Declaring bankruptcy is a big deal for individuals. It usually occurs after several major challenges that can leave someone struggling to get back on their feet. Part of that struggle can often be finding a new source of employment. But will bankruptcy affect your job search or opportunities for future employment? We explore that question in today’s blog.
In general, bankruptcy shouldn’t have too big of an impact in your current employment. In fact, in most cases, your bankruptcy won’t have any effect on your current employment. No employer can fire you solely because you fired for bankruptcy. If you are fired shortly after your bankruptcy is brought to your employer’s attention, and no other justifications exist, you might have a case against the employer for illegal bankruptcy discrimination. In most cases, employers rarely find out about a Chapter 7 bankruptcy filing. Only if a creditor has sued you, obtained a judgment, and started garnishing your wages would your employer learn of the filing. In the case of Chapter 13 bankruptcy, your employer is likely to learn of your bankruptcy case through an income deduction order, where your employer will be pressed into service as a pseudo collection agency. Regardless of how your employer does or doesn’t find out about your situation, bankruptcy alone is not grounds for termination.
But for those looking for a job in a private industry, there are some things to take into account. When it comes to security clearance, if you are a member of the armed forces, an employee of the CIA, FBI, other government agency, or a private company that contracts with the government, chances are still that it’s unlikely you’ll lose security clearance. While there are many consequences to doing so, filing for bankruptcy clears your debts, which can actually work in your favor when it comes to getting security clearances. Less debt means less risk of being blackmailed, which usually works in your favor in these situations.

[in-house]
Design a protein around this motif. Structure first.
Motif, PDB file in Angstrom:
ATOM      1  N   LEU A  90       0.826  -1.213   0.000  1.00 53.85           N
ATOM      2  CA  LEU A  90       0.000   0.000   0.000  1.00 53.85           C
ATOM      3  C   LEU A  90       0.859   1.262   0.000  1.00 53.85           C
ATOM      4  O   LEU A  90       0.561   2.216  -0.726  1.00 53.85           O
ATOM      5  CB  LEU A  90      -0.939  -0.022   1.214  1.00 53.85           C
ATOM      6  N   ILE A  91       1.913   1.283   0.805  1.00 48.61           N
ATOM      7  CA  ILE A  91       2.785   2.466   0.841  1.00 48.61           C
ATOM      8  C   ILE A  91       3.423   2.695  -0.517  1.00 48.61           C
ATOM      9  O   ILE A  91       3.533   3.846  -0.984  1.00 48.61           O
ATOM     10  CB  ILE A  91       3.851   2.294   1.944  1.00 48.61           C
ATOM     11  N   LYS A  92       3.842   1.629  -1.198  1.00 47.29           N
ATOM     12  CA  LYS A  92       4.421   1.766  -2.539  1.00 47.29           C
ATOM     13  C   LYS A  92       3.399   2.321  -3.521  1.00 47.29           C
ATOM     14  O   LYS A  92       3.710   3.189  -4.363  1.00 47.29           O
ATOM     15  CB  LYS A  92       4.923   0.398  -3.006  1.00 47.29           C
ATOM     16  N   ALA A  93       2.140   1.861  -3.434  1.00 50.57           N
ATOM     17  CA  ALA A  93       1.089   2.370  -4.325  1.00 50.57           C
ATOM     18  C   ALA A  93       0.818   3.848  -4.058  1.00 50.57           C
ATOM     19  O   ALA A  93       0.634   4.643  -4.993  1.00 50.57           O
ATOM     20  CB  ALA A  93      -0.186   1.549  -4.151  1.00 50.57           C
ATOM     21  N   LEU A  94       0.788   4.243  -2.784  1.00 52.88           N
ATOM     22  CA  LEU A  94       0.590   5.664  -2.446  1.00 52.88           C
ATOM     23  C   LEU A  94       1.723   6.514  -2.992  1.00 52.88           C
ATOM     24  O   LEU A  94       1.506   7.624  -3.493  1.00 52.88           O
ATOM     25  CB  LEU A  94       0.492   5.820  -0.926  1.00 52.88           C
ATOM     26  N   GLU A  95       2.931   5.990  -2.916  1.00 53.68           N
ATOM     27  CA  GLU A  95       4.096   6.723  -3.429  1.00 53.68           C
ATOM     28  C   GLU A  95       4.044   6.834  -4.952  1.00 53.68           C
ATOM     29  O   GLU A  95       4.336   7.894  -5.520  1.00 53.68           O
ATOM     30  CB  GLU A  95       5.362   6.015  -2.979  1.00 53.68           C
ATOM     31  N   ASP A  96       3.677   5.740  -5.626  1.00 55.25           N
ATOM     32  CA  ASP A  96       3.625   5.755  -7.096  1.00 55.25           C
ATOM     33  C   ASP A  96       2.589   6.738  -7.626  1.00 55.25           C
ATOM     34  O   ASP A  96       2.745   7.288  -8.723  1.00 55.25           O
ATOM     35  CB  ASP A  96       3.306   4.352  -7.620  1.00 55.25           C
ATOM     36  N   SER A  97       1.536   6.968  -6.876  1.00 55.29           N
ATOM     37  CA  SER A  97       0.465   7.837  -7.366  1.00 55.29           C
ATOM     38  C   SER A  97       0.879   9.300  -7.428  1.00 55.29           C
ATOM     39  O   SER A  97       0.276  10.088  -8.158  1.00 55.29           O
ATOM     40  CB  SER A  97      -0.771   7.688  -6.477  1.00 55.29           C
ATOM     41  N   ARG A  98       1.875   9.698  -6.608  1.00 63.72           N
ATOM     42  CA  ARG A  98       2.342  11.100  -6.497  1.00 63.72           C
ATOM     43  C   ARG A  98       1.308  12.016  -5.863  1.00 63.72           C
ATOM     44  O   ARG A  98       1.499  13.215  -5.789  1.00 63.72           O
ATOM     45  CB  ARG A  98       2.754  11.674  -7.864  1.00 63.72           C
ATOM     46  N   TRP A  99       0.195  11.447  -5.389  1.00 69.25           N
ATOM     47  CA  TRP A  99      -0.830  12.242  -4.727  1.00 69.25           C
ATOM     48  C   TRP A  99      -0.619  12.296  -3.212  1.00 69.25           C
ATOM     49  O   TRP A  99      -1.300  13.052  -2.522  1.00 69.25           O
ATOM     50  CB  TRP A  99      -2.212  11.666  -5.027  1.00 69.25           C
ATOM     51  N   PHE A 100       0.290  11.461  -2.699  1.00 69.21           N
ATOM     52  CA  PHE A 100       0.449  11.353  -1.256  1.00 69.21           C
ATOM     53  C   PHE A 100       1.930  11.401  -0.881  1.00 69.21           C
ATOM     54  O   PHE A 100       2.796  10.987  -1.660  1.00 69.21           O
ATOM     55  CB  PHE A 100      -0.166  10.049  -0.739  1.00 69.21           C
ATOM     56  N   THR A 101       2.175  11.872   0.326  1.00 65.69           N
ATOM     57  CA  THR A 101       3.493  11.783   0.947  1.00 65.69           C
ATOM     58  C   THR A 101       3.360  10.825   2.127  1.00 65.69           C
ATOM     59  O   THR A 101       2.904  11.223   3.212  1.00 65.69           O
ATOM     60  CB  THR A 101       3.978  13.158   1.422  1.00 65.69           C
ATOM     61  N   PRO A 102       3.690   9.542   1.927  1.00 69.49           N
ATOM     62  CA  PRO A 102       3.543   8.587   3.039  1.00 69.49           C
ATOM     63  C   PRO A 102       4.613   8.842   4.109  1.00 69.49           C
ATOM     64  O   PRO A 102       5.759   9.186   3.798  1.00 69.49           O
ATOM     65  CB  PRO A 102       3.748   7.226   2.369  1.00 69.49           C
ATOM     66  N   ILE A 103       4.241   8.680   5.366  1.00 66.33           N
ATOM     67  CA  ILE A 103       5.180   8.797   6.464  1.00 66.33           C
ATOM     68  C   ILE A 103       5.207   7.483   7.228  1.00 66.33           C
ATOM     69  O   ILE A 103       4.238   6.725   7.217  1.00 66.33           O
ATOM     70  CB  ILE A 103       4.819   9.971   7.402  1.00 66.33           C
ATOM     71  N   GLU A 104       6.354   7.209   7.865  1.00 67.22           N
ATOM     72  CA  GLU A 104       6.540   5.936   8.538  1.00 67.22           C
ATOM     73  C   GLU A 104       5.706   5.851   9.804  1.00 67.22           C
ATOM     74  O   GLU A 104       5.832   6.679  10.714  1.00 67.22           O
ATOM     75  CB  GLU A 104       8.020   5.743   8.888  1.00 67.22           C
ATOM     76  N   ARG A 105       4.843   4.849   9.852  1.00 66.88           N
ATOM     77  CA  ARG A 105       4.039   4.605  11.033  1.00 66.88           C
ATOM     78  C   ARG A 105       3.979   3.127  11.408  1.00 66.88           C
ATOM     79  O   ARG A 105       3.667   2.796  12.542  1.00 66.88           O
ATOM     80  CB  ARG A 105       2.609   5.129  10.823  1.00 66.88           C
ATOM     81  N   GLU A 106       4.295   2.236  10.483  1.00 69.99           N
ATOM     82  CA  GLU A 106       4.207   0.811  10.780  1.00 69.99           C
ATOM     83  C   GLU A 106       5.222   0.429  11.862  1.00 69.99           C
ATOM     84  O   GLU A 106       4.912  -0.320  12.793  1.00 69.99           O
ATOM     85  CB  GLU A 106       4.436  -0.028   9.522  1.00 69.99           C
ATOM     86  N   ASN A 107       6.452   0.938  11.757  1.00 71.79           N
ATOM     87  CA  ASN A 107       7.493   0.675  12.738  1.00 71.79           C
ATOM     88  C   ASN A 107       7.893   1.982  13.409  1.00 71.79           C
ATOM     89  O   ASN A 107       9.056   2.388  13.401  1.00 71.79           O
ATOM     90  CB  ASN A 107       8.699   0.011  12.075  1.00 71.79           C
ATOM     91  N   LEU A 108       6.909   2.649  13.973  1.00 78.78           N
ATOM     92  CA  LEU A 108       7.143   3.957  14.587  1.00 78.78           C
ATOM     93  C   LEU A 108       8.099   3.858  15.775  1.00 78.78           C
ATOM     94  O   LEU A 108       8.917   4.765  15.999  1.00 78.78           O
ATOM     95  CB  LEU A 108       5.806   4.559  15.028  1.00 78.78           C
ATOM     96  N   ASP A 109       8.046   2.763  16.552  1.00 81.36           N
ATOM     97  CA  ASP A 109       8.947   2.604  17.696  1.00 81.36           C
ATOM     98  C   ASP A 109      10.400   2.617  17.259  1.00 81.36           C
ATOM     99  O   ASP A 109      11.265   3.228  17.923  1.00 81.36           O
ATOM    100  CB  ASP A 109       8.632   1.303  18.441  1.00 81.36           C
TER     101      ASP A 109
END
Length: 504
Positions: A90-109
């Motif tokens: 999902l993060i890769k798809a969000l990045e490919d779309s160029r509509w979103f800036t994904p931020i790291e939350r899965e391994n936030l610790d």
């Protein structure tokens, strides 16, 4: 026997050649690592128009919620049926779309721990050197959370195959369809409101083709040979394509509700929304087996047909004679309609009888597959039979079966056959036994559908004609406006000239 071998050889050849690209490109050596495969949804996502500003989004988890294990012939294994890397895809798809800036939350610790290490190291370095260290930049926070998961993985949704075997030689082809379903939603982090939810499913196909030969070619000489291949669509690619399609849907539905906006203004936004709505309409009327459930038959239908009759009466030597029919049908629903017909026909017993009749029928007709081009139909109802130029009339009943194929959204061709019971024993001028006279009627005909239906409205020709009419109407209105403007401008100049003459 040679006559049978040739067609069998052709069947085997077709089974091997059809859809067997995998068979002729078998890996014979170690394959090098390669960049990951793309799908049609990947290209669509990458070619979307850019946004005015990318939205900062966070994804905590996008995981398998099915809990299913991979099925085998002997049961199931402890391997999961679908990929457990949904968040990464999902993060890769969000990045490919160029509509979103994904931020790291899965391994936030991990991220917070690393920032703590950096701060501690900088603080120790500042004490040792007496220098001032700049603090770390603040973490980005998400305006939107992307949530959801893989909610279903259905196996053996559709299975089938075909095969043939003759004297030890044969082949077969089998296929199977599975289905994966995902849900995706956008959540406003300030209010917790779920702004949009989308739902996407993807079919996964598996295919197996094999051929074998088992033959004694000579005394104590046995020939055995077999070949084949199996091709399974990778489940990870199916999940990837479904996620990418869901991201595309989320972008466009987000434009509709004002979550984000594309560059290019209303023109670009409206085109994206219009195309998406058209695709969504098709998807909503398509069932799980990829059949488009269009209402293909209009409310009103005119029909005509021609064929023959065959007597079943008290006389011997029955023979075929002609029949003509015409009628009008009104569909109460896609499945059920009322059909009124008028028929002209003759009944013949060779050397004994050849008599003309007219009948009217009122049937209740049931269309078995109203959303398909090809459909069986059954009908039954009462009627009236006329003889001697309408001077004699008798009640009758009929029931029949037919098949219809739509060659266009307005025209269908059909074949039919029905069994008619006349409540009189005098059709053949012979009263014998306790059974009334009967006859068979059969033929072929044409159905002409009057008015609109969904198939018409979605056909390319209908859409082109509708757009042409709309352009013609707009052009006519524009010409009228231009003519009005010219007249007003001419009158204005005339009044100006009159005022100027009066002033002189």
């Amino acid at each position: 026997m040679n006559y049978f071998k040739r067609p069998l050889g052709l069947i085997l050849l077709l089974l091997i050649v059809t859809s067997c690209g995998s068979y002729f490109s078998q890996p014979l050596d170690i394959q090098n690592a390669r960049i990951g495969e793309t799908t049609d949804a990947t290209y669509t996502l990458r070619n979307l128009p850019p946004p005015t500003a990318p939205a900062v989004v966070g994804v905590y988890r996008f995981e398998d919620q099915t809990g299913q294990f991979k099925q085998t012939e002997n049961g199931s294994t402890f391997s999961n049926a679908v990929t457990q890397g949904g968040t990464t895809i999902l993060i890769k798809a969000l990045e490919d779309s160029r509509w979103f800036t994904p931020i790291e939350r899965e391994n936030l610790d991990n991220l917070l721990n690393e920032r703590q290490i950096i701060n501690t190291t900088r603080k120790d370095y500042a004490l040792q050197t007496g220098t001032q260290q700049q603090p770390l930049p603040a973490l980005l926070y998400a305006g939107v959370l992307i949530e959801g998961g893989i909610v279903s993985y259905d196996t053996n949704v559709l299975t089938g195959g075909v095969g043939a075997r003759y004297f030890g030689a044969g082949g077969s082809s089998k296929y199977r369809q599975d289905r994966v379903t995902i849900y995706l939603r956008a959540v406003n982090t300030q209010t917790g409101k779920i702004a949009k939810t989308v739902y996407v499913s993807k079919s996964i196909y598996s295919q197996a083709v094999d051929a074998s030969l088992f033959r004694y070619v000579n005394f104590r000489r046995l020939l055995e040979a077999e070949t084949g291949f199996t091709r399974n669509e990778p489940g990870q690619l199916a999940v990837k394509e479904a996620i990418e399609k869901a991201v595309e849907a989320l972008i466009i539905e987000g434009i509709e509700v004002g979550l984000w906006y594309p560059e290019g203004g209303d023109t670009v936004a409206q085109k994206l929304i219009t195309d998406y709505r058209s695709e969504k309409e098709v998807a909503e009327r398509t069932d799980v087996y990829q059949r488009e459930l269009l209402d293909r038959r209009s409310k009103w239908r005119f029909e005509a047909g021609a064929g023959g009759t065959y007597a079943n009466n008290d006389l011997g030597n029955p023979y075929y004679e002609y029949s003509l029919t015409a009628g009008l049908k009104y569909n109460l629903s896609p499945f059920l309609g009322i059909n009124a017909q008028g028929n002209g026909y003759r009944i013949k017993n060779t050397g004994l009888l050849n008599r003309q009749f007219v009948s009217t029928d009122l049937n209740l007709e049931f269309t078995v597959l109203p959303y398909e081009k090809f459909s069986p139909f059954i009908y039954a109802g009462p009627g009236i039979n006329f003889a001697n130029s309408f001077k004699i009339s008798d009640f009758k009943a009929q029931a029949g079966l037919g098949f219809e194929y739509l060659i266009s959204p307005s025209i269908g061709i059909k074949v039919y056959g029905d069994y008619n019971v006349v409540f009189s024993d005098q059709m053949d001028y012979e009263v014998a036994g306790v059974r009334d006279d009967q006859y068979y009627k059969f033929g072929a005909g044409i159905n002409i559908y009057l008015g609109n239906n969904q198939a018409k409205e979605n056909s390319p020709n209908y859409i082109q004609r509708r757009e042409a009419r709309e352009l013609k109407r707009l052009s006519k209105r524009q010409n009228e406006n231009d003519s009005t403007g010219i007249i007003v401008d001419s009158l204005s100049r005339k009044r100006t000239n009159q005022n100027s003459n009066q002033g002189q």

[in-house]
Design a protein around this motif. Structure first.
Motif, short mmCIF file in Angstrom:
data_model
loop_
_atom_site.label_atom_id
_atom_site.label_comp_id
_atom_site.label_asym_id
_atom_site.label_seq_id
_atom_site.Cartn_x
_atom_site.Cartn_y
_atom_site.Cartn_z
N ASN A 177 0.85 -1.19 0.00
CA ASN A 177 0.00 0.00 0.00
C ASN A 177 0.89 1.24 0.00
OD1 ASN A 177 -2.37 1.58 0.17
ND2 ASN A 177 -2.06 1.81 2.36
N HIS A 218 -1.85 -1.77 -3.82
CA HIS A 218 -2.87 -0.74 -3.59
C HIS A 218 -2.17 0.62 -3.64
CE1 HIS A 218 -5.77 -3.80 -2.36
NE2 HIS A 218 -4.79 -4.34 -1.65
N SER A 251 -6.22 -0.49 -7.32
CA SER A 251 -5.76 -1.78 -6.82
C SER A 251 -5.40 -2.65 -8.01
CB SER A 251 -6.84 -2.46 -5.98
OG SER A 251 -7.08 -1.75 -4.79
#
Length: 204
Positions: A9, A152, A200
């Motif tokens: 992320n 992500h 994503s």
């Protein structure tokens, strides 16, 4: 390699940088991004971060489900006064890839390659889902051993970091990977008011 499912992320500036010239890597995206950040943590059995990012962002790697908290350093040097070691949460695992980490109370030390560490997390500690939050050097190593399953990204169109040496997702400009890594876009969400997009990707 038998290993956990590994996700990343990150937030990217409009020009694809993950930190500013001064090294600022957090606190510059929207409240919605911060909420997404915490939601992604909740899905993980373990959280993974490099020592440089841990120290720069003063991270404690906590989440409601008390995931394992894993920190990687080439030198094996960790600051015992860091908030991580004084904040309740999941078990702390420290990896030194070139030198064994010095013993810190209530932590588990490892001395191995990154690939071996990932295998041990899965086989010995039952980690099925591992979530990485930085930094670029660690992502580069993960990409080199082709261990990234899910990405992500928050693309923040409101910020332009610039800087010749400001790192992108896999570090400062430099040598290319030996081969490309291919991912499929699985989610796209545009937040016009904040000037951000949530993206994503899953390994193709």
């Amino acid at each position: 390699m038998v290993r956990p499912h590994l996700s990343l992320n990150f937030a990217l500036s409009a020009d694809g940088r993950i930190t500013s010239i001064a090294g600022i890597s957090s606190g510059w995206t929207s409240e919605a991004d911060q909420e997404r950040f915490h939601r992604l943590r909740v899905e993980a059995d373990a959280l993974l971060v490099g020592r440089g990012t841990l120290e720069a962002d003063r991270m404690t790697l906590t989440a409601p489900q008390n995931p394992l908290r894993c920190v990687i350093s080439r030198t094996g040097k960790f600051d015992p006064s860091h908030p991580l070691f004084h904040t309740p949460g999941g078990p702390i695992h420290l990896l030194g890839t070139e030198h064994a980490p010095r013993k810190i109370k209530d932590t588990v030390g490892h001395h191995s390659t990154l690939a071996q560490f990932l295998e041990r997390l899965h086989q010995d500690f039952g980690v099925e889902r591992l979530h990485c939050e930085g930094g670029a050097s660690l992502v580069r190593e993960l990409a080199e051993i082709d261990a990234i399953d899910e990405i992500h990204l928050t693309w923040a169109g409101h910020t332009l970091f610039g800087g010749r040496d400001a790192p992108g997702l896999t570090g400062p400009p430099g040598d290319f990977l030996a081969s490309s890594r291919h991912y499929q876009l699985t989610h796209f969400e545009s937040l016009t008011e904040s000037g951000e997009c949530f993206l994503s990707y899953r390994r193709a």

For those candidates simply wondering whether an employer will turn you away simply because you have declared bankruptcy, the answer is in most cases they should not. No federal, state, or local government agency can consider your financial difficulties when deciding whether to hire you. Private employers, however, aren’t constrained by similar rules, but unless your role requires you to deal with money, it is unlikely to be an issue they take into consideration.
Many private employers do conduct a credit check on job applicants and will find out about your bankruptcy from the credit report. If you know they may be concerned by your bankruptcy filing, it’s worth speaking candidly about what they will see. Being upfront and honest about your history is more likely to work in your favor than against. Employers understand that things happen, and if you are willing to learn from past mistakes, that is an employee that they want to work with in the future.
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